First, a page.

Research and Creation Seminar : Spinning in Infinity by Christopher Trapani
Technological Presentation of Spinning in Infinity
A look at the tools used for the creation of Spinning in Infinity (2015, RIM: Greg Beller). In this work, the capabilities of acoustic instruments are enhanced by a complementary microtonal backdrop that fuses with the onstage players. These kaleidoscopic orchestrations are developed using concatenative synthesis; samples are chosen and retuned in real-time to create a kind of sonic color wheel, with 2-dimensional spiral-shaped trips through timbre space in CataRT—between brass and winds, for example, or between bright and dull, pitch and noise... A spatialized array of 12 loudspeakers is embedded in the orchestra to produce a fusion between electronic and acoustic sounds. Longer passages are pre-recorded then aligned and retuned using an intuitive, notation-based Synchronizer in Max, combining elements of the bach library, MuBu, and SuperVP. These reworked excerpts are then synchronized with the orchestra using the adaptive tempo-tracking of Antescofo, creating a sort of augmented orchestra whose dimensions are in constant flux: a dozen microtonal flutes can appear from nowhere, replaced the next second by a brass choir shaded by an unreal arsenal of mutes, or a peal of chimes triggered by a single live percussionist—waves of color in constant motion…
A composer with a genuine international trajectory, Christopher Trapani maintains an active career in the United States, the United Kingdom, and in Continental Europe. Commissions have come from the BBC, the JACK Quartet, and Radio France, and his works have been recently heard at Carnegie Hall, the Southbank Centre, IRCAM, and Wigmore Hall.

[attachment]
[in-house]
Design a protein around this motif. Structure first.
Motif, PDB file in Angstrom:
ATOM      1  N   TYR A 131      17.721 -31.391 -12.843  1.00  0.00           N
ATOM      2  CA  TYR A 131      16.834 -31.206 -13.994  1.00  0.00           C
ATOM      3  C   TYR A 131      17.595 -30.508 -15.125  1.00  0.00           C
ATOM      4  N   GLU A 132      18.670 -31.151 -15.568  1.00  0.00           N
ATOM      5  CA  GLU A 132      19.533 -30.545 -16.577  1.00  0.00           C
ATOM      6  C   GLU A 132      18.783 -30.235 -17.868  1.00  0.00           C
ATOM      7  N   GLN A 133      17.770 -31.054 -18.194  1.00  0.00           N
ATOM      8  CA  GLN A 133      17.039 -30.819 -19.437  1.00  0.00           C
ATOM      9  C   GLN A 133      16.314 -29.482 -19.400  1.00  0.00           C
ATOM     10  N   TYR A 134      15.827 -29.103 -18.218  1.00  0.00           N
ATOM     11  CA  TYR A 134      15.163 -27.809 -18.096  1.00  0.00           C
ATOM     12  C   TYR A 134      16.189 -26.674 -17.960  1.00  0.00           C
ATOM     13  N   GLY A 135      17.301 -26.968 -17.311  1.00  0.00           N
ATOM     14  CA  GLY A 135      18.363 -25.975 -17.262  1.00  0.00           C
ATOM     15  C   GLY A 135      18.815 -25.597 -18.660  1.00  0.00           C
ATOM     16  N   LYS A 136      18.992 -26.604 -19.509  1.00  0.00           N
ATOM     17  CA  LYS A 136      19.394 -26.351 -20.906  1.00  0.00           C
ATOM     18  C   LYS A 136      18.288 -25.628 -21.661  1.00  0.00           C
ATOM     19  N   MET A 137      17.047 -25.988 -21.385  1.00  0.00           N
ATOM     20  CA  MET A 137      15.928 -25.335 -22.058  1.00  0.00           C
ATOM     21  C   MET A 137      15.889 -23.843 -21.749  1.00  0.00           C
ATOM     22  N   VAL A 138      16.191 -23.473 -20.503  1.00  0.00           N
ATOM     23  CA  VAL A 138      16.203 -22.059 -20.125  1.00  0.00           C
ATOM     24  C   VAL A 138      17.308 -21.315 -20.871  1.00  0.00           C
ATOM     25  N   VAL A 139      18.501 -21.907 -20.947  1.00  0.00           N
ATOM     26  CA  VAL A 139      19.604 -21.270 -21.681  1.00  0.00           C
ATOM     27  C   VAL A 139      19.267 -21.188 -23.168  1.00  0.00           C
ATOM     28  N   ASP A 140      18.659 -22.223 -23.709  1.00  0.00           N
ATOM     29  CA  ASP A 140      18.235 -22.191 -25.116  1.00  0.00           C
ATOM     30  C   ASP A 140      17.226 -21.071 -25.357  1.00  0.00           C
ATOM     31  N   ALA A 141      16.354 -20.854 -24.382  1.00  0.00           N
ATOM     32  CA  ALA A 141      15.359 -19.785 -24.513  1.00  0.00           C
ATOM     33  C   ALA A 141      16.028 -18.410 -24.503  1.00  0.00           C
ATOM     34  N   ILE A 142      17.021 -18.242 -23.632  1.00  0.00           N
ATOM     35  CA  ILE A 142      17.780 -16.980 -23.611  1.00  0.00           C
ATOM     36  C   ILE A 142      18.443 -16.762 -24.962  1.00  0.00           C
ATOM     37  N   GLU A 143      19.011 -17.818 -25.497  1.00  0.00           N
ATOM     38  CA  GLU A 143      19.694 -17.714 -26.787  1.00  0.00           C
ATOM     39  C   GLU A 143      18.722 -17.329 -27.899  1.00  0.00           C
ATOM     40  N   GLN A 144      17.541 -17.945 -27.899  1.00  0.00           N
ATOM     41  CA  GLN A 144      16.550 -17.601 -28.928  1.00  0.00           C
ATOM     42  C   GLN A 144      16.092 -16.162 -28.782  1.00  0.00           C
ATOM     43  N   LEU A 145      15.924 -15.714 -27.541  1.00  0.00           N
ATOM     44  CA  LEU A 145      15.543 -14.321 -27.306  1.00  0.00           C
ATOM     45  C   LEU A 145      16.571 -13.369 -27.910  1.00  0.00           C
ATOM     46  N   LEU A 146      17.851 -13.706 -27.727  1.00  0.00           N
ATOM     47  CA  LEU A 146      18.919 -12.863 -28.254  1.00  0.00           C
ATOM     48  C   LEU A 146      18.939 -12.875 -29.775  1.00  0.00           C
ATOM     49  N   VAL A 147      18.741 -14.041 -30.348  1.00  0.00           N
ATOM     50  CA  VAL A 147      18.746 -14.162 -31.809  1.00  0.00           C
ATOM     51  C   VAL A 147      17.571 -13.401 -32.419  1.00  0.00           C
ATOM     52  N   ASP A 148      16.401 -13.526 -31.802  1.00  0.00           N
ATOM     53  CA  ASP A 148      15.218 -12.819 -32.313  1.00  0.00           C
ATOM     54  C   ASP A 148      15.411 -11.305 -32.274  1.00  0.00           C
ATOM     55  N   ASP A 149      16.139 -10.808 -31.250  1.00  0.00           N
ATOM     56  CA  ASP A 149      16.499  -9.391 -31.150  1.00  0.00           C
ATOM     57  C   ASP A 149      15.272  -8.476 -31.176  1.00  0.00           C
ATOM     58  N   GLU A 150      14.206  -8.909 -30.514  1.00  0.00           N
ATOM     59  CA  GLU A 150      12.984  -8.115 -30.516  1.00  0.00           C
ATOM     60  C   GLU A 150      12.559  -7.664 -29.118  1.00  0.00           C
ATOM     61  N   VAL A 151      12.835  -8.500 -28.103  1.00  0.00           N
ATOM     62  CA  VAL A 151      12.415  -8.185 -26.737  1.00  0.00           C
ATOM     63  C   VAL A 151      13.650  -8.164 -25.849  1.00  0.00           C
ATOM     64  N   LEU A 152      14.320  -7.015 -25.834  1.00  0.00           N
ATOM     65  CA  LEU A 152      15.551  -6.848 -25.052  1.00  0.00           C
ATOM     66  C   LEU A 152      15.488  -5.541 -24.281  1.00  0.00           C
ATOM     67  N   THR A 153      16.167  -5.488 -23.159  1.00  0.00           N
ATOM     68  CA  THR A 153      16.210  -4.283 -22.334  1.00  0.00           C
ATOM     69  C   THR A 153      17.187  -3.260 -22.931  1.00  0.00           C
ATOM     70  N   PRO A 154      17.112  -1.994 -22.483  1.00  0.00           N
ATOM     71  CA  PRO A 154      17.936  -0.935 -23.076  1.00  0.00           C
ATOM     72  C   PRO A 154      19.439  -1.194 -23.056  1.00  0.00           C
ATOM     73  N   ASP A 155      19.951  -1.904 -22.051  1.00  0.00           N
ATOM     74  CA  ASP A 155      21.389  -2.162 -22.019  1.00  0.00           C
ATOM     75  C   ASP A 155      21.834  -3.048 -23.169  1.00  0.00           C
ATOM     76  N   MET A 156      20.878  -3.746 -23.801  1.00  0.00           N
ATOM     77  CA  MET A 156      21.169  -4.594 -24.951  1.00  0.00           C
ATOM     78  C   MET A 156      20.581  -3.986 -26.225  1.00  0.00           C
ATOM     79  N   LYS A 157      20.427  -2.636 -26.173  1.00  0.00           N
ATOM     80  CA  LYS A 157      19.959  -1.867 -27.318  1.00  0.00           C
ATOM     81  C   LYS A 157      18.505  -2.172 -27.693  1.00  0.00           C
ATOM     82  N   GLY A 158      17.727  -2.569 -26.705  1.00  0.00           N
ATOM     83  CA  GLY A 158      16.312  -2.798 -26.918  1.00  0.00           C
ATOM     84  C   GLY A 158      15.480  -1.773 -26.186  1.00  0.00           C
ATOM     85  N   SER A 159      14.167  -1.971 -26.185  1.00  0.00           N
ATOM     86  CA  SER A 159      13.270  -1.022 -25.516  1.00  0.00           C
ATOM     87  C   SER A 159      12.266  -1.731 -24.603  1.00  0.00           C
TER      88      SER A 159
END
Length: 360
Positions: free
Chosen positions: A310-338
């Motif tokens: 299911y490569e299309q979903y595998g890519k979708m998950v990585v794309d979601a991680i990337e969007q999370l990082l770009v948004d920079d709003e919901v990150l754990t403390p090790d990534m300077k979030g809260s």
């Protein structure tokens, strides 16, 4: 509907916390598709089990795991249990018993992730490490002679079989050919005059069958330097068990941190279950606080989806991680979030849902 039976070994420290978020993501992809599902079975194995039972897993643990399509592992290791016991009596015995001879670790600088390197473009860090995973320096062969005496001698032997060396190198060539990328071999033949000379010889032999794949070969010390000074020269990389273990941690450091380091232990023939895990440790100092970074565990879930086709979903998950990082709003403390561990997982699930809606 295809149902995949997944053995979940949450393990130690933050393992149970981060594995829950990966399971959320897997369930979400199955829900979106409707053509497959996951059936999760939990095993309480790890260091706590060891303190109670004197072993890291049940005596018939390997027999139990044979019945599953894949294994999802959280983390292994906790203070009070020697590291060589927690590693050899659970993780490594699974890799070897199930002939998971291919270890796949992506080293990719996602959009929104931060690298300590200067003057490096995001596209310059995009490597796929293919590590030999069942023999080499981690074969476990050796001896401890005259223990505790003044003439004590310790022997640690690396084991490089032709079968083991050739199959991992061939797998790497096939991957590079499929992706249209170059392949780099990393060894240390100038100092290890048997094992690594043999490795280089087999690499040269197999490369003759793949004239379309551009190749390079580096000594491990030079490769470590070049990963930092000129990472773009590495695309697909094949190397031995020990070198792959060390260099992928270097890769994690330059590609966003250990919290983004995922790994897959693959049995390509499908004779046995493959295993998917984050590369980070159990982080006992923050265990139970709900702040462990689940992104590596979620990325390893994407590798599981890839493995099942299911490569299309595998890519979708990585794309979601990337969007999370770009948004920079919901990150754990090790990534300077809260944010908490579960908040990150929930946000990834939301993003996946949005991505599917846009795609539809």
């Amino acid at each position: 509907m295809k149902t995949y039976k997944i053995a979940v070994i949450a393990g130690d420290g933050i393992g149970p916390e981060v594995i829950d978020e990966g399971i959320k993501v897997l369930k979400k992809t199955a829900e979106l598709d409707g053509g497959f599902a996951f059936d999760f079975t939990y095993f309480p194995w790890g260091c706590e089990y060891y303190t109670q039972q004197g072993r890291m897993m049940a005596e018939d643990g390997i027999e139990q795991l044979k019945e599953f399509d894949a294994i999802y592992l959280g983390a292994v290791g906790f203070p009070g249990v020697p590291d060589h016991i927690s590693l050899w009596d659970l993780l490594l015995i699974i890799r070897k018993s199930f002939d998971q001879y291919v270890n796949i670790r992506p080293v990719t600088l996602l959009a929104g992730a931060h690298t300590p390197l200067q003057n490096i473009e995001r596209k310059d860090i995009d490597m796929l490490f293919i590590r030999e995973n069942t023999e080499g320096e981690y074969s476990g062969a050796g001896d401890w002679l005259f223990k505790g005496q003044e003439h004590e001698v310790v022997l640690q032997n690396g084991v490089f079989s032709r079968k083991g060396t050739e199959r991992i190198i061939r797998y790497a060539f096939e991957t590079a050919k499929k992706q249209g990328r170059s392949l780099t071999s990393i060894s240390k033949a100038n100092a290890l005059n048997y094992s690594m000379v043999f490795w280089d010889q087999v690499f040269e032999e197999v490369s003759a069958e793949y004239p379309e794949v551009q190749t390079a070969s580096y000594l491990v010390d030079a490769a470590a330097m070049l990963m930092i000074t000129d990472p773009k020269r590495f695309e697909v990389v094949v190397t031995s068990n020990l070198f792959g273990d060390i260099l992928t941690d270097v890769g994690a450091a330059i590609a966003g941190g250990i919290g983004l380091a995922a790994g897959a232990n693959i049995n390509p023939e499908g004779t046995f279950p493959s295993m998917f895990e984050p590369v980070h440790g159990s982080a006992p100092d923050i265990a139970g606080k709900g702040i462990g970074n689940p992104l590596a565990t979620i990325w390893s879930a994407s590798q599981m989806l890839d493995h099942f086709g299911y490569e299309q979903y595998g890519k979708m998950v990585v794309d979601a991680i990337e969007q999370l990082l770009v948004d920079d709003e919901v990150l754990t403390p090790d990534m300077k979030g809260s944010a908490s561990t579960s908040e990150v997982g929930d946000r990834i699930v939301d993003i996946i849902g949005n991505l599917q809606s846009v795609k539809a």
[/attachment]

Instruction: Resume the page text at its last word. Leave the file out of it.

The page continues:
Christopher was born in New Orleans, Louisiana in 1980. He holds a Bachelor’s degree from Harvard, where he studied composition with Bernard Rands and poetry under Helen Vendler. He spent most of his twenties overseas: a year in London, working on a Master’s degree at the Royal College of Music with Julian Anderson; a year in Istanbul, studying microtonality in Ottoman music on a Fulbright grant; and seven years in Paris, where he studied with Philippe Leroux and worked at IRCAM, both on the composition cursus and later on a musical research residency.
Christopher is currently based in New York City, where he has worked on a doctorate at Columbia University, studying with Tristan Murail, Georg Friedrich Haas, Fred Lerdahl, and George Lewis.
Recent and upcoming projects include a commission for the Quatuor Béla and GRAME in Lyon, a new orchestral work for the BBC Scottish Symphony Orchestra, a commission for orchestra and electronics (IRCAM) for the Orchestre Philharmonique de Radio France and Festival Présences 2015, and a new work for Ensemble Modern for the 2015 cresc… Biennial for Modern Music in Frankfurt.
Monday October 17
12:00 - 13:00
IRCAM Salle Igor Stravinsky
Seminar in English and French